Objectives There are growing concerns that social isolation presents risks to older people's health and well‐being. Thus, the objective of the review was to explore how technology is currently being utilised to combat social isolation and increase social participation, hence improving social outcomes for older people. Methods A systematic review of the literature was conducted across the social science and human‐computer interaction databases. Results A total of 36 papers met the inclusion criteria and were analysed using a four‐step process. Findings were threefold, suggesting that: (i) technologies principally utilised social network services and touch‐screen technologies; (ii) social outcomes are often ill‐defined or not defined at all; and (iii) methodologies used to evaluate interventions were often limited and small‐scale. Conclusion Results suggest a need for studies that examine new and innovative forms of technology, evaluated with rigorous methodologies, and drawing on clear definitions about how these technologies address social isolation/participation.
Health practitioners' readiness to address domestic violence and abuse: A qualitative meta-synthesis
(PUBLIC LIBRARY SCIENCE, 2020-06-16)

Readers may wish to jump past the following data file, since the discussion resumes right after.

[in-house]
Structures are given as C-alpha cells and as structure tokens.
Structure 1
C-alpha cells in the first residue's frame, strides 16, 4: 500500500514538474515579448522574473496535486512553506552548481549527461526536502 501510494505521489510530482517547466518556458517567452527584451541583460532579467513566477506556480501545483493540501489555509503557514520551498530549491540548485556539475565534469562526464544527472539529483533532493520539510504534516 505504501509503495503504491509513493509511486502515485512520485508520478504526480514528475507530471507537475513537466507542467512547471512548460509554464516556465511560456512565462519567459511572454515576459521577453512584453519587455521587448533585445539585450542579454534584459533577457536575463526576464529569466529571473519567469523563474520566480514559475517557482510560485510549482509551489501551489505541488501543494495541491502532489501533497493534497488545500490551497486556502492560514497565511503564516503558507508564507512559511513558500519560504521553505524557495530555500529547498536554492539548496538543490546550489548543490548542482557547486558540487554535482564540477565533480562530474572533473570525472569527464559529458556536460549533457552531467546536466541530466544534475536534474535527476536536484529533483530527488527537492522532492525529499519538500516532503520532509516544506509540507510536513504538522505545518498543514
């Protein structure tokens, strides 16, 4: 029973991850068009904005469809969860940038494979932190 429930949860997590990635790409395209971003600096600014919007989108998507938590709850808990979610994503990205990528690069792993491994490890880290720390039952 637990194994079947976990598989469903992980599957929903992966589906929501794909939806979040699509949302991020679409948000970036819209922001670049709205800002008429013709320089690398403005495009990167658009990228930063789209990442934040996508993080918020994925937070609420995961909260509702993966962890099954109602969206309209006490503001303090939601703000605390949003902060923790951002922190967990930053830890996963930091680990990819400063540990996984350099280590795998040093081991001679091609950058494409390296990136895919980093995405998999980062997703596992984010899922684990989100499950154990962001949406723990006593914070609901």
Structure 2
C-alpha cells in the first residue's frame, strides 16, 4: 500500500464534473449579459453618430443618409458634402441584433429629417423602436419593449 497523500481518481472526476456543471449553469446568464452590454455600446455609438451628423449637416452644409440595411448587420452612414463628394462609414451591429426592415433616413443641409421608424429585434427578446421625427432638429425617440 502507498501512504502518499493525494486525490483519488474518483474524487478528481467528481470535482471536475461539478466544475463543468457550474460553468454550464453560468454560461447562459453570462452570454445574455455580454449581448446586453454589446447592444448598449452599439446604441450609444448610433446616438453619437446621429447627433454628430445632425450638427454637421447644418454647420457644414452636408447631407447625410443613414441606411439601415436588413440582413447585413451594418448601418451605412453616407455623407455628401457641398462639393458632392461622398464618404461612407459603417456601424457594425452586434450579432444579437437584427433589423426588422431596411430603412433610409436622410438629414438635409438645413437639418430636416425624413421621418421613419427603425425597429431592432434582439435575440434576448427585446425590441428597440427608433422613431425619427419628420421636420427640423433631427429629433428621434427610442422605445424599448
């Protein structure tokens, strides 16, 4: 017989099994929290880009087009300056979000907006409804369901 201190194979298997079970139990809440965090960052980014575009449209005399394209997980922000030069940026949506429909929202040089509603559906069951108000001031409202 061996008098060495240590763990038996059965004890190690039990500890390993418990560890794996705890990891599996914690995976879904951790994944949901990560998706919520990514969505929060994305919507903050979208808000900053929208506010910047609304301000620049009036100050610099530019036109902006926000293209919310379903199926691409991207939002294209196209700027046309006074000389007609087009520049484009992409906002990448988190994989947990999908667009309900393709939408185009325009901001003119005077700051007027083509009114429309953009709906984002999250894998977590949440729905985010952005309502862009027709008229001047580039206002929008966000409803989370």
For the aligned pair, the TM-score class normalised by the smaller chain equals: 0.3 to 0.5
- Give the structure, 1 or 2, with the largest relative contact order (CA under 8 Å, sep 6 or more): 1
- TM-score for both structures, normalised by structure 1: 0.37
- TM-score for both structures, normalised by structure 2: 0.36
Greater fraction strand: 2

Health practitioners play an important role in identifying and responding to domestic violence and abuse (DVA). Despite a large amount of evidence about barriers and facilitators influencing health practitioners' care of survivors of DVA, evidence about their readiness to address DVA has not been synthesised. This article reports a meta-synthesis of qualitative studies exploring the research question: What do health practitioners perceive enhances their readiness to address domestic violence and abuse? Multiple data bases were searched in June 2018. Inclusion criteria included: qualitative design; population of health practitioners in clinical settings; and a focus on intimate partner violence. Two reviewers independently screened articles and findings from included papers were synthesised according to the method of thematic synthesis. Forty-seven articles were included in the final sample, spanning 41 individual studies, four systematic reviews and two theses between the years of 1992 and 2018; mostly from high income countries. Five themes were identified as enhancing readiness of health practitioners to address DVA: Having a commitment; Adopting an advocacy approach; Trusting the relationship; Collaborating with a team; and Being supported by the health system. We then propose a health practitioners' readiness framework called the CATCH Model (Commitment, Advocacy, Trust, Collaboration, Health system support). Applying this model to health practitioners' different readiness for change (using Stage of Change framework) allows us to tailor facilitating strategies in the health setting to enable greater readiness to deal with intimate partner abuse.